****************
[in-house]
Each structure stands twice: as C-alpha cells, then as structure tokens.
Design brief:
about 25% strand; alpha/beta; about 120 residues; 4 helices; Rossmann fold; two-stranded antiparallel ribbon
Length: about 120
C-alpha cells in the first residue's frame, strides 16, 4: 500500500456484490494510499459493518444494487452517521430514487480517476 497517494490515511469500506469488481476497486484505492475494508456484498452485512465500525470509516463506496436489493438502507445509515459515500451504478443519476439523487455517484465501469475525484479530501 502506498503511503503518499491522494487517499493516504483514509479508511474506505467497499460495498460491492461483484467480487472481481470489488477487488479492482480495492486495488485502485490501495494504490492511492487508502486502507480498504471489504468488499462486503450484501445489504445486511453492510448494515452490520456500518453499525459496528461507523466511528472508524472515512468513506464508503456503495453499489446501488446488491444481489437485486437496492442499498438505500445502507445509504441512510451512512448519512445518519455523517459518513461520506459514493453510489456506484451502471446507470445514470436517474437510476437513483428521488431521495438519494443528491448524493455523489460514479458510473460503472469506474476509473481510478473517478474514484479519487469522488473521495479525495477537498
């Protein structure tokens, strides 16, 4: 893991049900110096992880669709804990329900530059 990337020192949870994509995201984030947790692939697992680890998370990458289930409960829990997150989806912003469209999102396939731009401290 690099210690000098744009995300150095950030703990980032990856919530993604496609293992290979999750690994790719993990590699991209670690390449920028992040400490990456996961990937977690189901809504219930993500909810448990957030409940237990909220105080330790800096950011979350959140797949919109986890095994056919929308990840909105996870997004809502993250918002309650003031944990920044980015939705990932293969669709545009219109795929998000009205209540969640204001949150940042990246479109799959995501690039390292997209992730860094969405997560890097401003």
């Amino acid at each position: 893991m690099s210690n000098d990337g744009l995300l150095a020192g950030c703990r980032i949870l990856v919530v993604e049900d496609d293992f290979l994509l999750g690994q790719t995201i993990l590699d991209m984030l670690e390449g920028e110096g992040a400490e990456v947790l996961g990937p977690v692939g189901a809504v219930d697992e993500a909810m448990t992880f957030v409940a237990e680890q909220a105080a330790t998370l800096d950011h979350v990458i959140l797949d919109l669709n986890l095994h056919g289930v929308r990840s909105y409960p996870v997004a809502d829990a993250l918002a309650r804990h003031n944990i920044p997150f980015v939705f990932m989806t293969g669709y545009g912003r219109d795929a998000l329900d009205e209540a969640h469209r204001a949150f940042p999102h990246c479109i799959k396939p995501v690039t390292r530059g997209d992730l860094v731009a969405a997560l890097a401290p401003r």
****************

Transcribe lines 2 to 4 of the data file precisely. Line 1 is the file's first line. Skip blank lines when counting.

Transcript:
Each structure stands twice: as C-alpha cells, then as structure tokens.
Design brief:
about 25% strand; alpha/beta; about 120 residues; 4 helices; Rossmann fold; two-stranded antiparallel ribbon